Ever wondered how to keep your greens as fresh as possible? If your tomatoes should go on the counter top or in the fridge? We give you a quick guide on how to properly store your various fruits and veggies.
Fun Fact: Many fruits and vegetables should only be stored in room temperature, because refrigeration can cause cold damage or prevent them from ripening to good flavor and texture.
Let’s start with some basic guidelines:
Remove all plastic
It’s a long known fact that infinitesimal bits of plastic get into our food from containers. The process is called “leaching” and even though the amounts are small, we of course don’t want any of that. However, most of the fruit you buy in today’s supermarket is wrapped in plastic, but that doesn’t mean it needs to be like that while being stored in your home. Remove all plastic from food and if possible, avoid using plastic bags when buying your fruit and veggies.
Separate fruit & veggies
Store each group in different drawers in the fridge to prevent moisture loss and minimize the detrimental effects of ethylene produced by the fruits on the vegetables.
Try not to squeeze in as much veggies as possible, because the closer they are, the quicker they rot. Try to avoid throwing away food by not buying more than you think you will manage to eat.
Now, let’s take a look on how to properly store the products you buy. We have chosen some of the most common fruits and veggies in the Scandinavian household.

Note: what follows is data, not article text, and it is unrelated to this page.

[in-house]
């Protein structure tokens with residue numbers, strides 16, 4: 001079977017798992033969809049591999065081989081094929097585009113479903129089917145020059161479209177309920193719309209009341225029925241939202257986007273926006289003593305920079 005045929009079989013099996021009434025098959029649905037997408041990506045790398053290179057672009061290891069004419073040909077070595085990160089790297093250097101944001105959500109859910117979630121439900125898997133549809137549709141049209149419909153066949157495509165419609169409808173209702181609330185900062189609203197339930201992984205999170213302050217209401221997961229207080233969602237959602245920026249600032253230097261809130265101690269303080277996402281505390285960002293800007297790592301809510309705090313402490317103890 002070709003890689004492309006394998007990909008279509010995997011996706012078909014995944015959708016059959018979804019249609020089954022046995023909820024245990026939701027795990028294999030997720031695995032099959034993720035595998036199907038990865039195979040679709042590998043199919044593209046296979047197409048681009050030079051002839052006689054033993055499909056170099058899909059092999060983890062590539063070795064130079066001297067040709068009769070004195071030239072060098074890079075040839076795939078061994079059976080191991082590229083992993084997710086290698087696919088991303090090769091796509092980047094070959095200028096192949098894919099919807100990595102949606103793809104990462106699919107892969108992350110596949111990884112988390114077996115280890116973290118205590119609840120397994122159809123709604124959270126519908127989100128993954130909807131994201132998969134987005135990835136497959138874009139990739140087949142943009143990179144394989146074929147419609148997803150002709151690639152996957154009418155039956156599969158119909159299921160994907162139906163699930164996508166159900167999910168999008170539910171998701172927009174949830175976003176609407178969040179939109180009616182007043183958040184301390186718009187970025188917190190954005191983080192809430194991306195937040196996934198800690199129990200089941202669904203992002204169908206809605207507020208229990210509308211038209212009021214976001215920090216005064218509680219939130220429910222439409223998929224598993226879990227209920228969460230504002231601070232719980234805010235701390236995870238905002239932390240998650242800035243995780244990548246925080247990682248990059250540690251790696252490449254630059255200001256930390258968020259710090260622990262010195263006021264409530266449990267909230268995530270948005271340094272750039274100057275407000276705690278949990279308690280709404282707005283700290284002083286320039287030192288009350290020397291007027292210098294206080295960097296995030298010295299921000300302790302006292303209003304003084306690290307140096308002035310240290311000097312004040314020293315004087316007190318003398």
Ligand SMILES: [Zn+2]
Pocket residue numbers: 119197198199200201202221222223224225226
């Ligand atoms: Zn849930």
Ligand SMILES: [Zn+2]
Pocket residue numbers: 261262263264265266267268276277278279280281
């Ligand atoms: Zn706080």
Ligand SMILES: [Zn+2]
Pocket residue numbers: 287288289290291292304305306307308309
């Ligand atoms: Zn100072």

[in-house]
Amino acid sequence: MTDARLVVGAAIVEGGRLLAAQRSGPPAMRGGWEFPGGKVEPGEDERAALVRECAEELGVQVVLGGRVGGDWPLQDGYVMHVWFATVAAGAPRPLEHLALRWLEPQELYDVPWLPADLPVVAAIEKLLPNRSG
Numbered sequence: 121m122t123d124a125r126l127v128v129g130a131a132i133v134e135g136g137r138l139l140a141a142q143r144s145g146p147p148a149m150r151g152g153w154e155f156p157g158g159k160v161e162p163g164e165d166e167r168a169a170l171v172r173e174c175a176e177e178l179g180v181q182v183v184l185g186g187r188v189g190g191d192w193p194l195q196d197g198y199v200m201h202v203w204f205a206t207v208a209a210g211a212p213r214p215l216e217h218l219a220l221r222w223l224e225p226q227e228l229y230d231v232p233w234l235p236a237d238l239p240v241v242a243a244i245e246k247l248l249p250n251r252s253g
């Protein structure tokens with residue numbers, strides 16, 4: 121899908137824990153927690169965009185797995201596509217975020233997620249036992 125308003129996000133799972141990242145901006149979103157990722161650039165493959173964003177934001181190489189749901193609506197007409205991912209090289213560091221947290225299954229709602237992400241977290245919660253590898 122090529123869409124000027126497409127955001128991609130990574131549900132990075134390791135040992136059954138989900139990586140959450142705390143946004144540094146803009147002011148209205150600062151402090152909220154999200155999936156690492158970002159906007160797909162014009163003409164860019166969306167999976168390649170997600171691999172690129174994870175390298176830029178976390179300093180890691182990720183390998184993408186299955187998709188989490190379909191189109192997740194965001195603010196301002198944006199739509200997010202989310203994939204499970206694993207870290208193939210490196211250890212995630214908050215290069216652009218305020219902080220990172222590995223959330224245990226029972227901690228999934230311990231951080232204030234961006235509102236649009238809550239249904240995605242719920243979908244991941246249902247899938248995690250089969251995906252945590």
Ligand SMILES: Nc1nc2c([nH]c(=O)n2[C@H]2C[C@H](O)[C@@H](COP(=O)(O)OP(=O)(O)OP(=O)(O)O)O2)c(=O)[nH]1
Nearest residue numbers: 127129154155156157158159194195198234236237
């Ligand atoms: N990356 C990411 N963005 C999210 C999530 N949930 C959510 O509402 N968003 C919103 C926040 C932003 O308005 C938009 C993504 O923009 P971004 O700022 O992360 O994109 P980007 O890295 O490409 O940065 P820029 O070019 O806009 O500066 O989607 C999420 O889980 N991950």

On the counter, in room temperature. Try to avoid direct sunlight. If you have them more than a week, they go in the fridge.
On the counter, in room temperature. Bananas ripen very quickly, and will also speed the ripening of any nearby fruits.
Let them ripen on the counter, before placing them in the fridge.
The best place to store tomatoes is on the counter at room temperature. They actually continue to develop flavor until maturation peaks a few days after picking.
The best way to store onions is in an open basket in room temperature. Preferably alone.
Carrots are best stored in the fridge. A helpful tip is to cut off the carrot greens to keep them from sapping nutrients from the roots. Another tip is to store the carrots in a covered container filled with water. This will keep them fresh for a long time!
Cucumbers should be stored in room temperature, because then they thrive and last longer. If you on the other hand insist on chilling your cucumbers, limit it to about three days and keep them towards the front shelf in the fridge, where the temperatures are warmer.
Store your mushrooms in a paper bag in the fridge. The paper allows for better airflow while the drawer keeps the air humid and prevents the mushrooms from drying out.
Potatoes and/or sweat potatoes
Potatoes should be stored in a dark, and slightly chilly environment. If it’s too warm, they have a tendency to start sprouting or go bad.
Broccoli is hard to keep fresh, but a very helpful tip is to gently mist your broccoli’s heads in water. Loosely wrap the heads with a paper towel so that the towel absorbs some of the moisture, but not too tightly with the paper towels and don’t keep it in a sealed container. Broccoli needs air flow to stay fresh. Keep the broccoli in the fridge.
By: Henriette Danielsen